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Antitrust Agencies Launch Vertical Merger Guidelines, Still Fall Flat with Two FTC Commissioners

July 1, 2020

The Department of Justice and Federal Trade Commission issued final updated Vertical Merger Guidelines yesterday. Although the Agencies had planned to hold a second joint public workshop on the draft Guidelines and several Senators in June urged the Agencies to continue the public process of updating the Guidelines to garner bipartisan support, the Agencies issued the final Guidelines on June 30, with two FTC Commissioners opposed. The final Guidelines significantly revise the draft Guidelines issued in January—including eliminating a proposed “soft” safe harbor, as Senators and other critics had urged—and now replace obsolete Non-Horizontal Merger Guidelines from 1984.

Final Vertical Merger Guidelines

The final Guidelines set out the Agencies’ “analytical techniques, practices, and enforcement policies” for vertical mergers. The final Guidelines make clear that “vertical mergers” is a broad term that includes mergers of firms at different levels of the same supply chain; “diagonal mergers,” meaning those that combine firms at different levels of competing supply chains; and mergers involving complementary products and services. Overall, the final Guidelines, like the draft Guidelines, are not particularly groundbreaking and, indeed, the Agencies’ press release states that the “new Guidelines reflect [their] current enforcement approach.”

The final Guidelines reflect significant changes from the draft Guidelines, apparently incorporating input received during the comment period, though surely not enough to satisfy all commenters, or critics. In particular, the final Guidelines:

  • Eliminate the 20% Market Share Safe Harbor. The draft Guidelines’ 20% market share-based safe harbor was criticized by some for being set too low compared to the Agencies’ actual practice and the 30% safe harbor in Europe. On the other hand, others criticized the existence of any safe harbor, even the “soft” safe harbor in the draft Guidelines. The final Guidelines eliminate the safe harbor, with the FTC majority pointing to the concerns about the safe harbor by Commissioner Slaughter, state attorneys general, and other commenters.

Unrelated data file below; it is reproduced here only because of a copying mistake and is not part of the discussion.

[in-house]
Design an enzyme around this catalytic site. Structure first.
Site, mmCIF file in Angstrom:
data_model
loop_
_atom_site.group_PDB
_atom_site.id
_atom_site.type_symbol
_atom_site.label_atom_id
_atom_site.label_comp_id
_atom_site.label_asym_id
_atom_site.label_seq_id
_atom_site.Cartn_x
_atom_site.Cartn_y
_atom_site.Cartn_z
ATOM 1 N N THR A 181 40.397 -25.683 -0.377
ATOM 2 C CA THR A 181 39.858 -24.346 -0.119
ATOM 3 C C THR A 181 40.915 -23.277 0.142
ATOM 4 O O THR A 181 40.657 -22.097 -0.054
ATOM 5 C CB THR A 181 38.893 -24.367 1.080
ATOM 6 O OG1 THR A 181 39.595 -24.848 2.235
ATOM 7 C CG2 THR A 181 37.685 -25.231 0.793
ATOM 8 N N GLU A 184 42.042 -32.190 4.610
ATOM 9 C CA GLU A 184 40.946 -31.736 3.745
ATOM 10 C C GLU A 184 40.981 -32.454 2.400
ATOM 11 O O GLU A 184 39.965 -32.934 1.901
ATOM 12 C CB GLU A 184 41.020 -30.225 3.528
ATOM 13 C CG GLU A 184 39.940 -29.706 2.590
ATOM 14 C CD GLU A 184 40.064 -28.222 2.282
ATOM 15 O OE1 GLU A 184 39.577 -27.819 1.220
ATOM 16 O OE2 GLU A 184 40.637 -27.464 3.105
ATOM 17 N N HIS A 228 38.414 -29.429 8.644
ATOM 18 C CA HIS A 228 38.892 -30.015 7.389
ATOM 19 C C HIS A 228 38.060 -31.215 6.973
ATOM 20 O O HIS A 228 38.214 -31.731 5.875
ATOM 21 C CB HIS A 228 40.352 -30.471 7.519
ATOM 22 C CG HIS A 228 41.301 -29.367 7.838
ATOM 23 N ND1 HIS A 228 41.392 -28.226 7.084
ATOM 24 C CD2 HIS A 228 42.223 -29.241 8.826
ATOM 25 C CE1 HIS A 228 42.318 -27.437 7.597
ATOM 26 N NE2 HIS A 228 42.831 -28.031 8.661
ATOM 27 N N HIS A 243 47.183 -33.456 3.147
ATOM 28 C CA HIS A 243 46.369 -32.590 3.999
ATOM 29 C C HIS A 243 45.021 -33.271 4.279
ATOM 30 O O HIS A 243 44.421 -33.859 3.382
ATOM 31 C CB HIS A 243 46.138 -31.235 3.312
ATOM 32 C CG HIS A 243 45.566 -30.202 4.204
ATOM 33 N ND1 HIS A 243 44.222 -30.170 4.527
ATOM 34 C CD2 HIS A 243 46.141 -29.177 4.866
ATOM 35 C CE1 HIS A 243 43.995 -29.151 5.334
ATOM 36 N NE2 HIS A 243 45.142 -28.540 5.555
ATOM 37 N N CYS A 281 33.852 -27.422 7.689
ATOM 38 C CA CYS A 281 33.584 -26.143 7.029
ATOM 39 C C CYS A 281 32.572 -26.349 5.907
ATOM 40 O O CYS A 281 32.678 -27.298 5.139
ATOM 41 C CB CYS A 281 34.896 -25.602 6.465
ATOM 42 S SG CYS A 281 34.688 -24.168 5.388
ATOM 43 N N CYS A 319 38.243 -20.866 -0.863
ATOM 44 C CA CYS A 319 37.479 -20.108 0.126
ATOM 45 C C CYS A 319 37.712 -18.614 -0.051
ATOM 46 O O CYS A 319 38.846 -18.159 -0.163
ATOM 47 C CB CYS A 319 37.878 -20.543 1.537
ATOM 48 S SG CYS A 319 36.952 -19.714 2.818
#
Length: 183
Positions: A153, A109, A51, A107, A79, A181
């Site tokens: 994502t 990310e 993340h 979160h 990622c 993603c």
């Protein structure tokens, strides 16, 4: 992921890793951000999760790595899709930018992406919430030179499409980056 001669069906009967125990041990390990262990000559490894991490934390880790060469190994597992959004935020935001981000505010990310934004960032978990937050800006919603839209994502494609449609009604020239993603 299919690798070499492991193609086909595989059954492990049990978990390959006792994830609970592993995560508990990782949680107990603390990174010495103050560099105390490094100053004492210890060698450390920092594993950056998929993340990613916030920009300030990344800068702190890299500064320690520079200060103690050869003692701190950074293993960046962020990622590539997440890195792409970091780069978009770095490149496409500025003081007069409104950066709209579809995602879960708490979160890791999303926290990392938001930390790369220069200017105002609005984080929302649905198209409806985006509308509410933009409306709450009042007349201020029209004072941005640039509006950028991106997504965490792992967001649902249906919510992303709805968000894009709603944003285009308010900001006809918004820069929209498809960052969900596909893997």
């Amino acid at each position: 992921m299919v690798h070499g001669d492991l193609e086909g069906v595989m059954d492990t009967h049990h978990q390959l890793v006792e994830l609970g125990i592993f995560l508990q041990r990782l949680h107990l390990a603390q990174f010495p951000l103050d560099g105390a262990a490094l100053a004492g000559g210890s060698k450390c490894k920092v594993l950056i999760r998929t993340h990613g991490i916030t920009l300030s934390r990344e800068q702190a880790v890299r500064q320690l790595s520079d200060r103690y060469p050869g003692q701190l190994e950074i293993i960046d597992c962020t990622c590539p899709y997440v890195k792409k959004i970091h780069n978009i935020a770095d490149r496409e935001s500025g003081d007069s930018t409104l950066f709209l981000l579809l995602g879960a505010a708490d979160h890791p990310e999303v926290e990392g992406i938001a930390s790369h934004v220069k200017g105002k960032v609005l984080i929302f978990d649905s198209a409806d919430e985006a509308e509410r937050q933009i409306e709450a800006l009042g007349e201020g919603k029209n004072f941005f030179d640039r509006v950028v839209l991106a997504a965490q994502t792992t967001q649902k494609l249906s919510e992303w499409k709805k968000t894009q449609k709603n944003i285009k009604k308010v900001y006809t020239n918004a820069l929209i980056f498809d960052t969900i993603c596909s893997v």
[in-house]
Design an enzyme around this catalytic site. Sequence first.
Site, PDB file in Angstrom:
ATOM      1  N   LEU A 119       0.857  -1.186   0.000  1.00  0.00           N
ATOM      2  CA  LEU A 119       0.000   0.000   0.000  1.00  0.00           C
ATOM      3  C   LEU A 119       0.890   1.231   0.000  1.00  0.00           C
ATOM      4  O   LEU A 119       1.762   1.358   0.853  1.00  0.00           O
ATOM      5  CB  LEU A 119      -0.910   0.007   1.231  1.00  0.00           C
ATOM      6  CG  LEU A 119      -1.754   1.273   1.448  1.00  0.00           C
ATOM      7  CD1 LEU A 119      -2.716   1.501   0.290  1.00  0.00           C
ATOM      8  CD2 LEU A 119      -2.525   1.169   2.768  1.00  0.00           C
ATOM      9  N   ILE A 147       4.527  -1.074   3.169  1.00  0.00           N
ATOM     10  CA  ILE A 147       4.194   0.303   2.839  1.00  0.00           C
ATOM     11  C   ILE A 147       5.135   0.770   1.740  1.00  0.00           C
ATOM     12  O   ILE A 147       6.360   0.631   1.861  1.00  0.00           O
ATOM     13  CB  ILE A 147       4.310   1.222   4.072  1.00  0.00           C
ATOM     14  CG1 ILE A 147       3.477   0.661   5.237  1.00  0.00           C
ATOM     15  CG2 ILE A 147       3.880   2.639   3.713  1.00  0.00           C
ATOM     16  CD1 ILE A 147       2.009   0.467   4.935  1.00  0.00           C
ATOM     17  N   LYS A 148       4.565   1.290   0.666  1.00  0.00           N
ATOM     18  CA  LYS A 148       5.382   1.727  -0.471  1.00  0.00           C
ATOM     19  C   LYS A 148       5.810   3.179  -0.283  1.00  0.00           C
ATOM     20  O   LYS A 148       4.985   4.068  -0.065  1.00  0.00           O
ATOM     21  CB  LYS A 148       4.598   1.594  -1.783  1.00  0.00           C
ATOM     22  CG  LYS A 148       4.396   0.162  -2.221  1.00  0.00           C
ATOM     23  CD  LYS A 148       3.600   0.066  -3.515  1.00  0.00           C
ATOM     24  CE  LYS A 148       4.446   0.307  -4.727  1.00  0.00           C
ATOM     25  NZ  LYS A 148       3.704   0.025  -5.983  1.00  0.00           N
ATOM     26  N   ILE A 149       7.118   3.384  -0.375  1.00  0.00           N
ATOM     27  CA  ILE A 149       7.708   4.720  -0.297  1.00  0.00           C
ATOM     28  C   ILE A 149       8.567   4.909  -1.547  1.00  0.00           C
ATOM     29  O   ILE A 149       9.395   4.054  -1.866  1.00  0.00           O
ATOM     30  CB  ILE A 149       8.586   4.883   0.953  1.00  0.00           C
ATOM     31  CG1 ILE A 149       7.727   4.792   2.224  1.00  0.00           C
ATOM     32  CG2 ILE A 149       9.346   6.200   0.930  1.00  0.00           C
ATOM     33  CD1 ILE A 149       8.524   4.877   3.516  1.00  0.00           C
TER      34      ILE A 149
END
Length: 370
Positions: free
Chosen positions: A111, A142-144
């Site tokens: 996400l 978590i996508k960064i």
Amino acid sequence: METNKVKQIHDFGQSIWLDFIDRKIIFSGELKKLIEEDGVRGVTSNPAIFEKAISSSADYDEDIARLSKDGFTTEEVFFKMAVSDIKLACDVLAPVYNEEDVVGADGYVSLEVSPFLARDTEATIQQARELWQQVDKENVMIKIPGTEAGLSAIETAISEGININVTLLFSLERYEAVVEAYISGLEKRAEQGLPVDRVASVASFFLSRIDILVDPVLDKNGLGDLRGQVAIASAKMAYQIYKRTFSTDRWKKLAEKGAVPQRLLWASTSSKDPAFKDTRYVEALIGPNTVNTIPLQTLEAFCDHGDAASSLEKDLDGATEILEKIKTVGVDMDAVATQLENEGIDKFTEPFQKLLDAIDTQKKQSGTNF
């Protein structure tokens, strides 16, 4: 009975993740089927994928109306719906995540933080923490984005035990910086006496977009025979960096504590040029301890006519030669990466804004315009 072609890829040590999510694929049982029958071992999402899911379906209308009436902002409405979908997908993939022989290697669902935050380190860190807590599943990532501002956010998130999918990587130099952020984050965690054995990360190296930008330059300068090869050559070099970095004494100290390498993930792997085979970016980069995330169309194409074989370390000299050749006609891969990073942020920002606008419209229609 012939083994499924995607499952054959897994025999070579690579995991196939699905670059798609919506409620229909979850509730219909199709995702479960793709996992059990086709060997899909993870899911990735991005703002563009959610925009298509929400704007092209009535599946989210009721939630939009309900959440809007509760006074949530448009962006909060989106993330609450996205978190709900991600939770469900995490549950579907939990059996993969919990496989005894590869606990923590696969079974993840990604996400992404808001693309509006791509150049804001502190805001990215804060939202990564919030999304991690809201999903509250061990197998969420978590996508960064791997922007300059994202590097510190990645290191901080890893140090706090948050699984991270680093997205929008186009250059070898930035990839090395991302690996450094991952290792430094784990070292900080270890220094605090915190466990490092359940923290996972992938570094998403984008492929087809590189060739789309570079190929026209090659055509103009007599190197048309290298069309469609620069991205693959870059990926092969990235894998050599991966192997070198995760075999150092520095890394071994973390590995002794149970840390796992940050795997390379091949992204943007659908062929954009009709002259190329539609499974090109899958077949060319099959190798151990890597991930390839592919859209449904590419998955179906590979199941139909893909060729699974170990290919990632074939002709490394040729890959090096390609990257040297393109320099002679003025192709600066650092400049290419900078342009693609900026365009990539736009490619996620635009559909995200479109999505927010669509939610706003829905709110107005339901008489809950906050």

• Elevate the Position of Competitive Effects. The draft Guidelines discussed the competitive effects of vertical mergers in Section 4. The final Guidelines elevate that discussion to the first section after the introduction. Presumably, as they did when updating the Horizontal Merger Guidelines in 2010, the Agencies’ intended to elevate the importance and focus of ultimately assessing competitive effects over defining markets and calculating market shares and concentration levels.
  • Raise the Bar for Elimination of Double Marginalization Claims. The final Guidelines combine the discussion of the elimination of double marginalization (EDM) and efficiencies in a new “Procompetitive Benefits” section, and now indicate that the Agencies will evaluate EDM under a heightened standard—approaching their standard for evaluating efficiencies—by requiring EDM claims to be merger-specific and substantiated. Some commenters criticized the draft Guidelines for suggesting that EDM would be presumed in vertical mergers. The final Guidelines specify that it is “incumbent upon merging firms to provide substantiation” for EDM claims, but state that the Agencies may “independently attempt to quantify” EDM. Additionally, the final Guidelines state that the Agencies will assess the merger-specificity of EDM claims, but provide that they will not reject the merger-specificity of EDM claims “solely because [EDM] could theoretically be achieved but for the merger, if such practices are not reflected in documentary evidence.”
  • Expanded Discussions and Examples. The final Guidelines also elaborate on several topics compared to the draft Guidelines. This includes an expanded discussion of unilateral effects, and additional and more detailed examples of potential competitive issues in vertical mergers. For example, the final Guidelines elaborate on how the Agencies will assess a vertically integrated firm’s ability and incentive to harm competition; the offsetting considerations the Agencies will analyze, like downward pricing pressure from EDM; and provide hypothetical examples of how mergers of complements and diagonal mergers may harm competition.